Friday, October 12, 2007

Madonna's New Music Deal

You can say a lot of things about Madonna, but you cannot call her an inept businesswoman.

As Michael Wolfe, of Vanity Fair, opined on CNBC this morning, the one-time Material Girl has made a beautiful timing move, playing off two entertainment distributors and hedging her risk for the next, probably last decade of her career.

In an industry in which music album sales are declining swiftly, Madonna has forsaken a conventional distributor, Warner Music, to sign with Live Nation, a concert promoter, for $120MM.

The singer's advance is $17.5MM for the 10 year pact, which weighs in at a nice million dollar-plus annual compensation. Madonna then receives 90% of concert admission, 50% of licensing revenues, and 70% of merchandising revenues.

In some ways, this deal reminds me of Howard Stern's contract with Sirius. The talent ends up taking more risk then the distributor, because a failure of the latter to perform leaves the former short of promised revenues and having nobody to make good on the contract.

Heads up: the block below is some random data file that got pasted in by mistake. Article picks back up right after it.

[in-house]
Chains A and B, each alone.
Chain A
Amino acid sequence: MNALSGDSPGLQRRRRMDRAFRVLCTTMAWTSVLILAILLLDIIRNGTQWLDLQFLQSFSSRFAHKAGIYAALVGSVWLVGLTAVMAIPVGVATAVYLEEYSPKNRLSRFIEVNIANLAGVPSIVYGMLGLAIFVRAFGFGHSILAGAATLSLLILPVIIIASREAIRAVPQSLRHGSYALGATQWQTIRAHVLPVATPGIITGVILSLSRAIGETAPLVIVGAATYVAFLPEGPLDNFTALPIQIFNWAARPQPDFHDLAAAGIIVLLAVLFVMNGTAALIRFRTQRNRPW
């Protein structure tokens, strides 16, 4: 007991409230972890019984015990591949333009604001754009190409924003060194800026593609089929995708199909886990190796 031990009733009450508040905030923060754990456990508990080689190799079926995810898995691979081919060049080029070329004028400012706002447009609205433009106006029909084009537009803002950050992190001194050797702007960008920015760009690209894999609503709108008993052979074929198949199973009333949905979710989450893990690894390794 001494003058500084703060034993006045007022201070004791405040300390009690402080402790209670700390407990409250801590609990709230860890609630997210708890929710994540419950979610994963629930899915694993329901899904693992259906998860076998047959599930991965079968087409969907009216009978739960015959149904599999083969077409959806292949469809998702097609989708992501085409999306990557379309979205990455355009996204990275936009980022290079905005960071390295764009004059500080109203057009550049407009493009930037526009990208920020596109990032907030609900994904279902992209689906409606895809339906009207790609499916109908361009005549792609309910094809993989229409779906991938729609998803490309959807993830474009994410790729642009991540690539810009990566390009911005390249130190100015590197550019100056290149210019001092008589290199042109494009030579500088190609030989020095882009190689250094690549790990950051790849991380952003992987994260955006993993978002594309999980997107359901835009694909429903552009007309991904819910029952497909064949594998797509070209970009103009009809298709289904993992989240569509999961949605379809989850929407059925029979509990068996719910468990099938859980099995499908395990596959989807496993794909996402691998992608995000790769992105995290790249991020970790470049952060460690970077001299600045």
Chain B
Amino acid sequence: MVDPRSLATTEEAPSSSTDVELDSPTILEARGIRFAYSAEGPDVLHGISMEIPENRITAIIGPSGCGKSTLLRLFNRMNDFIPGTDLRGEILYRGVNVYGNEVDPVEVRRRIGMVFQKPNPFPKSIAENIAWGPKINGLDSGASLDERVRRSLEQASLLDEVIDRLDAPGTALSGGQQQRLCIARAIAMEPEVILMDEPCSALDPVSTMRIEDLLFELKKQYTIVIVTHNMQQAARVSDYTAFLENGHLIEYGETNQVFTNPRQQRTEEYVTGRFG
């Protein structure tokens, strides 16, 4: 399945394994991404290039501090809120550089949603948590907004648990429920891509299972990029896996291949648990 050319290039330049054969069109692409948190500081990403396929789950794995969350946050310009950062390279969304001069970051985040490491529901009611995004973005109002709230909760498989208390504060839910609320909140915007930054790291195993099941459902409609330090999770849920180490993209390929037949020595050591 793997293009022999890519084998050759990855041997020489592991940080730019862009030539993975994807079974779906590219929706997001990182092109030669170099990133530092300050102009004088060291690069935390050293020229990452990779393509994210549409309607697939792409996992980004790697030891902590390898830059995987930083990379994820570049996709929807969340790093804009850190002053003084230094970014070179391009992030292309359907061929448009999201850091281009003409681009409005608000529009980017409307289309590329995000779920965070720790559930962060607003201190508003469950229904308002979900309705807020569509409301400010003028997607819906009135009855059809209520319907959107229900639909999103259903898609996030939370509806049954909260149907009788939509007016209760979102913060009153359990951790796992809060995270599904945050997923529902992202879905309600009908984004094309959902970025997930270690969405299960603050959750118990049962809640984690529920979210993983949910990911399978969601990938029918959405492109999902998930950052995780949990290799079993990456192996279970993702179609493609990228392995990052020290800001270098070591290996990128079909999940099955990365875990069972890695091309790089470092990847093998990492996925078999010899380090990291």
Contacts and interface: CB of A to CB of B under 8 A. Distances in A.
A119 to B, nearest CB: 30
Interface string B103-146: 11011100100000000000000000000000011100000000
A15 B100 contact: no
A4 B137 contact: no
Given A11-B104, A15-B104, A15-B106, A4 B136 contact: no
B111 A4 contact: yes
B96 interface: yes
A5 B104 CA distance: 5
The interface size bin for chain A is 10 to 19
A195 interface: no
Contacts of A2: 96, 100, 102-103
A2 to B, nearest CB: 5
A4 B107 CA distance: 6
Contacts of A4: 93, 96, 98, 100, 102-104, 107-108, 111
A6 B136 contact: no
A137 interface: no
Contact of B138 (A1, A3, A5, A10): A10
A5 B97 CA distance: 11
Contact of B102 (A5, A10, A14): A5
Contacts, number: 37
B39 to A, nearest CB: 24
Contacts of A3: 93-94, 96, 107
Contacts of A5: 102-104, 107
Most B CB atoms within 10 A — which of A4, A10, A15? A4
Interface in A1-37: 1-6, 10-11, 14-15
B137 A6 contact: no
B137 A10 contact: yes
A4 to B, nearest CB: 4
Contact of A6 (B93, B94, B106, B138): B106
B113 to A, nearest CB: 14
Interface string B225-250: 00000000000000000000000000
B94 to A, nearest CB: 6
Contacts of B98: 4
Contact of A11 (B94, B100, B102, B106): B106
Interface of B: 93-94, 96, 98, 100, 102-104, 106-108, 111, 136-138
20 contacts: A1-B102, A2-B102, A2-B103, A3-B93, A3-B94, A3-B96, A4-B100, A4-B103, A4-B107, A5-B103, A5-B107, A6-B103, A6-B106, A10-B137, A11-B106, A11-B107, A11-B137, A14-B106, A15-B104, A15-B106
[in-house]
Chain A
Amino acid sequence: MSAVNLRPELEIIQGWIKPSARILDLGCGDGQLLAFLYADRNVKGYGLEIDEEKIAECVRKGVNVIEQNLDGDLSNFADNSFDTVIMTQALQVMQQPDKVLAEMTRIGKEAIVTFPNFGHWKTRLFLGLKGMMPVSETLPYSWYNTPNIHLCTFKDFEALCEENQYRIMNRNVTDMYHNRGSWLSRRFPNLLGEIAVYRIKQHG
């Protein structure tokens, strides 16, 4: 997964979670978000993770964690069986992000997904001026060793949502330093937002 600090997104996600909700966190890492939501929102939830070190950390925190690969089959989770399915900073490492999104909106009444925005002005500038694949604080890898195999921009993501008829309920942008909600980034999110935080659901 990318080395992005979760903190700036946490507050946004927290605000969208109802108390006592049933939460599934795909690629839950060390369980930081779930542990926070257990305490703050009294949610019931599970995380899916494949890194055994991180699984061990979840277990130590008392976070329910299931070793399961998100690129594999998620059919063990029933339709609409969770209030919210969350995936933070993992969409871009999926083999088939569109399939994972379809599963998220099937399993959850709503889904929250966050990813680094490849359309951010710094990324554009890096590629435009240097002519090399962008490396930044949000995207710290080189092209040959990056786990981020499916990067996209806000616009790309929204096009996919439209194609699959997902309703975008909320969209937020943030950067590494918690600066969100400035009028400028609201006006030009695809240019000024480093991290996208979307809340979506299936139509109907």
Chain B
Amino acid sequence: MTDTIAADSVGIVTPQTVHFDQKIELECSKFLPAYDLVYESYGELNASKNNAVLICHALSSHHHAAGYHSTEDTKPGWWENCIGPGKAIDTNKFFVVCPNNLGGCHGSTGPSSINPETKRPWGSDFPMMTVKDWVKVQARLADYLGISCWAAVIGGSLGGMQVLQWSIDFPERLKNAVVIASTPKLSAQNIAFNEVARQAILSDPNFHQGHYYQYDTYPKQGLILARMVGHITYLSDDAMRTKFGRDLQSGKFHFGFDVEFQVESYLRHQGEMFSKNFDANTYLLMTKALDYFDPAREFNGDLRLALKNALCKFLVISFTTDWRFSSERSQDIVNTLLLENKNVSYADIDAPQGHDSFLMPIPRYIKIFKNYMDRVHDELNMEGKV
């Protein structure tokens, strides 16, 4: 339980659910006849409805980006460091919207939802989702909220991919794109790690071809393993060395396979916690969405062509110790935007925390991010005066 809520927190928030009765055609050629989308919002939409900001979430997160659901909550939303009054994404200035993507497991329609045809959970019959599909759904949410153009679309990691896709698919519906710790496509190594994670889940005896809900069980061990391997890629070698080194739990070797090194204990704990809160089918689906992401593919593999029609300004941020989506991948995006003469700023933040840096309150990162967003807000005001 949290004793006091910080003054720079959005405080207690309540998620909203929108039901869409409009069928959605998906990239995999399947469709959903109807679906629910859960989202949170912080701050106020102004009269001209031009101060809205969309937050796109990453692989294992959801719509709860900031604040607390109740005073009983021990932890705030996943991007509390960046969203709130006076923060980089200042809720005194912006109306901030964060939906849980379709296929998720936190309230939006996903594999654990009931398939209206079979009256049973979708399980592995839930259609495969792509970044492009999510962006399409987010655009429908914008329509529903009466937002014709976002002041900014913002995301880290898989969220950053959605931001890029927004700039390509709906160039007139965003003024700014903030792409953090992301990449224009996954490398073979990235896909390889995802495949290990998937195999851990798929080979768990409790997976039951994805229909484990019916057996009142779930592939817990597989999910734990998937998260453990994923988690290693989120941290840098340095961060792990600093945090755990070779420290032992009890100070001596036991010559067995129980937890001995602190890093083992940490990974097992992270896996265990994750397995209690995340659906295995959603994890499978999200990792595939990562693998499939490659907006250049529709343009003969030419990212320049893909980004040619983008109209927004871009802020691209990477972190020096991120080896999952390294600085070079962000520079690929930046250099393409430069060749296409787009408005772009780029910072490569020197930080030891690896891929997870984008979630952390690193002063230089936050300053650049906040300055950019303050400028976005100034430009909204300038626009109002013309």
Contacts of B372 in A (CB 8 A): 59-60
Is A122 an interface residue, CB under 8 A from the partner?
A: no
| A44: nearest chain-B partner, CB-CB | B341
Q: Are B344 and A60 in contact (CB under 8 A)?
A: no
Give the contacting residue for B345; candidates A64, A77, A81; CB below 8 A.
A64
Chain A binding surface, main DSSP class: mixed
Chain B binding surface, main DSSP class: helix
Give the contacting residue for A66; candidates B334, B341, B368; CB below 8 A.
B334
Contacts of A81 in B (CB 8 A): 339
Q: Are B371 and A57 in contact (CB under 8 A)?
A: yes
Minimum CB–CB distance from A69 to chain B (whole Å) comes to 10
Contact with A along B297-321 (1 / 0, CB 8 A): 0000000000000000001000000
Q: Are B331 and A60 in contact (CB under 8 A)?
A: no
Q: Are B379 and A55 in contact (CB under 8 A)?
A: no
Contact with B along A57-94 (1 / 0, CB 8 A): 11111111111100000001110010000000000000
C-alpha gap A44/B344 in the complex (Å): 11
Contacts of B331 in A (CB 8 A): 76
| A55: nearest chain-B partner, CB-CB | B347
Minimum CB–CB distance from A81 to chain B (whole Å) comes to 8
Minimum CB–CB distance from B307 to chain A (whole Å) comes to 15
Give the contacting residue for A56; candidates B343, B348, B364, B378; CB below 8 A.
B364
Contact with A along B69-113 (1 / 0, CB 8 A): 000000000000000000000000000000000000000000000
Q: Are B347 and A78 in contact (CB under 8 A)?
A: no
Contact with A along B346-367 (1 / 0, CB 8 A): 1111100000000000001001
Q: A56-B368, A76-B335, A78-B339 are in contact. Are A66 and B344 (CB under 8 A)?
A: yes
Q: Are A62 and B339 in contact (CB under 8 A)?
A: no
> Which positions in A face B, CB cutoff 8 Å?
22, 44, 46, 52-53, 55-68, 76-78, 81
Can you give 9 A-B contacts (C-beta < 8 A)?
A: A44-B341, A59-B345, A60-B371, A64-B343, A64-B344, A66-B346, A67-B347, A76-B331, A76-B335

Nobody seems to think Warner is making a mistake letting Live Nation take this deal. Madonna is, at best, a matured entertainer. Never exactly a signature voice to begin with, she's extended her career with ever more risque acts in which to position her rather uninteresting voice and commonplace songs.

Whether she will pay off for the concert promoter is anybody's guess, but Madonna certainly seems to have paid off for Madonna.

No matter how quickly recorded music continues to fade as a revenue source, she's locked in a rich price for Live Nation's right to present her artistic efforts for the next ten years.

If only the CEOs at some of our larger companies, like GM, GE and Ford, had the Midas touch that Madonna has.

Some things just aren't taught in school, are they? Or, evidently, by Jack Welch.

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